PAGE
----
Home food environments heavily impact children’s diet, study finds

August 18, 2015

It is well documented that low socioeconomic status (SES) is associated with lower consumption of healthy foods, and that such differences in consumption patterns are influenced by neighborhood food environments.

Researchers know less about the role that SES differences in the home food environment play in consumption patterns. Recently, a research team examined data collected on fourth-grade children in Texas to determine to what extent the availability of food at home, as well as food-related social factors, have an impact on healthy versus unhealthy diets.

Dr. Leslie Lytle

Dr. Leslie A. Lytle

An article on the findings, titled “Socioeconomic inequalities in children’s diet: the role of the home food environment,” was published online July 27 by the International Journal of Behavioral Nutrition and Physical Activity.

“This research suggests that the social environment around the family meal as well as foods that are available at the meal transcend the importance of the family’s overall socioeconomic status in determining the quality of children’s diets,” said Leslie A. Lytle, PhD, who is a study co-author.

Lytle is a professor of health behavior and nutrition, as well as chair of the Department of Health Behavior, at the UNC-Chapel Hill Gillings School of Global Public Health.

The researchers used parental education levels as an indicator of SES and examined the effect of SES, as well as aspects of children’s home food environments and their neighborhood environments, on the quality of the children’s diets.

The team found that there were small but significant differences in children’s diet quality across parental education levels, but these were reduced to insignificance once the home food environment and the neighborhood environment were taken into account.

The home food environment includes social elements, such as mealtime structure, as well as physical attributes like portion sizes served. These factors were found to have a stronger association with the consumption of healthy versus unhealthy foods than parents’ education levels.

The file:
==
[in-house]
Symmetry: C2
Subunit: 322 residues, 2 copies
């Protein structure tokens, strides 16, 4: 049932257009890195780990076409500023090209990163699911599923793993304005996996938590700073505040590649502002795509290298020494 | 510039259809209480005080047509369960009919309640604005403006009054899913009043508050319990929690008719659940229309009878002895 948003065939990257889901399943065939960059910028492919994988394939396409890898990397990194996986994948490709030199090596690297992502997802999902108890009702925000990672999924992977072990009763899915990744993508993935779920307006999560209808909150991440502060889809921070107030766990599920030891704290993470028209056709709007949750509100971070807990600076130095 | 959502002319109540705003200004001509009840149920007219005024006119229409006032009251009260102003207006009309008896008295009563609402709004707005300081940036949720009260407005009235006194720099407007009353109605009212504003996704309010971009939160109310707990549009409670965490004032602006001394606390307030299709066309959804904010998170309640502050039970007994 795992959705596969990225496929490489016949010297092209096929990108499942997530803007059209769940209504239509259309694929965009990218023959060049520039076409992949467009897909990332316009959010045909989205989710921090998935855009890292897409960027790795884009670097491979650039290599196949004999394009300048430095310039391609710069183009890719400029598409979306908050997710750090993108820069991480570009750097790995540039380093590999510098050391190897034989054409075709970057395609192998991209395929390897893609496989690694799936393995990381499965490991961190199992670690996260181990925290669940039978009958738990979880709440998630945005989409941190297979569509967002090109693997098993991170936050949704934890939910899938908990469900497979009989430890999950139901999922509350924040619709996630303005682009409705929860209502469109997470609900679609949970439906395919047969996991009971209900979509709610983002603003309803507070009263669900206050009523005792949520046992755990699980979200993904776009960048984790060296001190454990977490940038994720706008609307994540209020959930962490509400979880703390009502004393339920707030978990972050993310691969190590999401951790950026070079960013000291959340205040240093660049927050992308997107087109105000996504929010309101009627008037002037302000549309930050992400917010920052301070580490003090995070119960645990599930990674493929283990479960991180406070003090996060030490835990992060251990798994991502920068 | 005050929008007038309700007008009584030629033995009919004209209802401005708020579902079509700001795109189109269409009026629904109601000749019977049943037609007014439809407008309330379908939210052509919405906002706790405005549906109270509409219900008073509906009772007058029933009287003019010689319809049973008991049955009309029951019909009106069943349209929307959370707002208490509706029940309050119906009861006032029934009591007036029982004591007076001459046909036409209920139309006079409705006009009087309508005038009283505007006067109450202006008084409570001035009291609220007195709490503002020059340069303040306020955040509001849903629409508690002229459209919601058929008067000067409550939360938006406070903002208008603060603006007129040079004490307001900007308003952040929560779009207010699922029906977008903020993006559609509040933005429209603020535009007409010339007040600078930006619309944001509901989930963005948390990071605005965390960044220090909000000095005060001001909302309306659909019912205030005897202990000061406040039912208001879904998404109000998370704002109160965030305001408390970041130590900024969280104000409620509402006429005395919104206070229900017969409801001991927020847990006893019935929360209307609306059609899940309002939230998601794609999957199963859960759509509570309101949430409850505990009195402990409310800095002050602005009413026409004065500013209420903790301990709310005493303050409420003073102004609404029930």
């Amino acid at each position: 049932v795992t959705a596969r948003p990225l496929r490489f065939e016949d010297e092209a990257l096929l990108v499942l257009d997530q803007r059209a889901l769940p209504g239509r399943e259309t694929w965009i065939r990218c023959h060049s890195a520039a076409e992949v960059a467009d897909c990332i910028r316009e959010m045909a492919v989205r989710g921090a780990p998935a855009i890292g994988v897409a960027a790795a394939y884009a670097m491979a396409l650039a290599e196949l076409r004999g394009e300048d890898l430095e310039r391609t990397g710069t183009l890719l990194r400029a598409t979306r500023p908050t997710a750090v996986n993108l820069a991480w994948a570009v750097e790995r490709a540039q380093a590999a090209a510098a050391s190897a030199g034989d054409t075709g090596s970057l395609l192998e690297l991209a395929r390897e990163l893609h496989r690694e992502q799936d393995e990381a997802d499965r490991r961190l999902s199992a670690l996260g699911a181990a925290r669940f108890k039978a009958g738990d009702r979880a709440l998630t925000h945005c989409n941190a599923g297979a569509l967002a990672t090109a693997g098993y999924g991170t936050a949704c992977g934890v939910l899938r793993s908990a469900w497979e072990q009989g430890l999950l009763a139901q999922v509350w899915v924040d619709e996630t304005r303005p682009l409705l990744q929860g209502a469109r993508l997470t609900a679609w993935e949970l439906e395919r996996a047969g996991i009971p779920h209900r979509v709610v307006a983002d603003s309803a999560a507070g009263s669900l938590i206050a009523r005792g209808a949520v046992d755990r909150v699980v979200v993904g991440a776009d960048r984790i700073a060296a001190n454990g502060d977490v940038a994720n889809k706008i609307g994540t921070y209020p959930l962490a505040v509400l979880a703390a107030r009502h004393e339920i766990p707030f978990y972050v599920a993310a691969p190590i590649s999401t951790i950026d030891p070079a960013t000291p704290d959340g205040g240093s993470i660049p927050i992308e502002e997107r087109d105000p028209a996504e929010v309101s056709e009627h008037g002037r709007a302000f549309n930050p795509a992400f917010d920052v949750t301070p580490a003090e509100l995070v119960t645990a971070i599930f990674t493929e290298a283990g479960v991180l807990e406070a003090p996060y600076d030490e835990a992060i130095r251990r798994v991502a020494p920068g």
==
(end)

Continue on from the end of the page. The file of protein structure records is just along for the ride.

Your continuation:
Neighborhood poverty has a consistently negative effect on children’s diets, and neighborhood cultural factors also impact the structuring of home food environments.

In this study, however, there was no association between parent’s perceived access to healthy foods in their neighborhoods and the quality of children’s diet. This suggests that the neighborhood influence reflects other cultural and economic factors, beyond access issues, that impact diet.

The overall study findings suggest that parent can modify behaviors at home to substantially improve their children’s eating habits. Possible changes include making available healthy foods, restricting unhealthy foods, turning off the television during mealtime and avoiding food from restaurants.

Lytle explains that these findings are important because they provide evidence for an actionable intervention approach for lower SES families.

“We should not assume, just because population groups are at a lower SES level, that there is little we can do to improve the quality of the diet consumed at home,” Lytle said. “This research suggests that families who make some changes in the mealtime environment of their homes and work toward offering more healthful food options at home can improve the quality of their children’s diets.”

Gillings School of Global Public Health contact: David Pesci, director of communications, (919) 962-2600 or dpesci@unc.edu

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